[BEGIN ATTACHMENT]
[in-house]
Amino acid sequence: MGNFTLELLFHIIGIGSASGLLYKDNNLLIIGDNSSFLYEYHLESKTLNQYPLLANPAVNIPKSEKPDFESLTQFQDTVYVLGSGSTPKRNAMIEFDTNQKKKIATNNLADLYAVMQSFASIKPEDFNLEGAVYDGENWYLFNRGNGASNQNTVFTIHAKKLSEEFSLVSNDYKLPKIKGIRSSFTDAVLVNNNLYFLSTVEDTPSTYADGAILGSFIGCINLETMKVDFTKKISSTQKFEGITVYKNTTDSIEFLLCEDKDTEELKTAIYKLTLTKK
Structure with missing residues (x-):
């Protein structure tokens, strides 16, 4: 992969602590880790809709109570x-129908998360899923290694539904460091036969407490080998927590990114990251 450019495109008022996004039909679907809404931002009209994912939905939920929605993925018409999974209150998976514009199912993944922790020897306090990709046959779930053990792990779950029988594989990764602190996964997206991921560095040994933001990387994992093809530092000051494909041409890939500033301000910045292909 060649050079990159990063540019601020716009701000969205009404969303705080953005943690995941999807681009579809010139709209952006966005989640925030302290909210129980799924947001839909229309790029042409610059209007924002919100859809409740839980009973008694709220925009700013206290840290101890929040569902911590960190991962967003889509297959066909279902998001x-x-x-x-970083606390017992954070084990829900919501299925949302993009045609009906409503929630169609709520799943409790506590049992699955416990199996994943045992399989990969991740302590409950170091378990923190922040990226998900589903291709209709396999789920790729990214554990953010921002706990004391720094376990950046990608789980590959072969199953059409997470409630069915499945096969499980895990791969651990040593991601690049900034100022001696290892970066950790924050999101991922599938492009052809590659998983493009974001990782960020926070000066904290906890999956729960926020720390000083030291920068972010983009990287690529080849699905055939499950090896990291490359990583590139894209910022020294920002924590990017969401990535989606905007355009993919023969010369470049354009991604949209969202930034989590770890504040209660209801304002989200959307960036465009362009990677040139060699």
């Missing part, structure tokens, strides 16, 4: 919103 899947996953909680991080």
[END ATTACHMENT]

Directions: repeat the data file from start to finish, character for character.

[in-house]
Amino acid sequence: MGNFTLELLFHIIGIGSASGLLYKDNNLLIIGDNSSFLYEYHLESKTLNQYPLLANPAVNIPKSEKPDFESLTQFQDTVYVLGSGSTPKRNAMIEFDTNQKKKIATNNLADLYAVMQSFASIKPEDFNLEGAVYDGENWYLFNRGNGASNQNTVFTIHAKKLSEEFSLVSNDYKLPKIKGIRSSFTDAVLVNNNLYFLSTVEDTPSTYADGAILGSFIGCINLETMKVDFTKKISSTQKFEGITVYKNTTDSIEFLLCEDKDTEELKTAIYKLTLTKK
Structure with missing residues (x-):
């Protein structure tokens, strides 16, 4: 992969602590880790809709109570x-129908998360899923290694539904460091036969407490080998927590990114990251 450019495109008022996004039909679907809404931002009209994912939905939920929605993925018409999974209150998976514009199912993944922790020897306090990709046959779930053990792990779950029988594989990764602190996964997206991921560095040994933001990387994992093809530092000051494909041409890939500033301000910045292909 060649050079990159990063540019601020716009701000969205009404969303705080953005943690995941999807681009579809010139709209952006966005989640925030302290909210129980799924947001839909229309790029042409610059209007924002919100859809409740839980009973008694709220925009700013206290840290101890929040569902911590960190991962967003889509297959066909279902998001x-x-x-x-970083606390017992954070084990829900919501299925949302993009045609009906409503929630169609709520799943409790506590049992699955416990199996994943045992399989990969991740302590409950170091378990923190922040990226998900589903291709209709396999789920790729990214554990953010921002706990004391720094376990950046990608789980590959072969199953059409997470409630069915499945096969499980895990791969651990040593991601690049900034100022001696290892970066950790924050999101991922599938492009052809590659998983493009974001990782960020926070000066904290906890999956729960926020720390000083030291920068972010983009990287690529080849699905055939499950090896990291490359990583590139894209910022020294920002924590990017969401990535989606905007355009993919023969010369470049354009991604949209969202930034989590770890504040209660209801304002989200959307960036465009362009990677040139060699």
């Missing part, structure tokens, strides 16, 4: 919103 899947996953909680991080």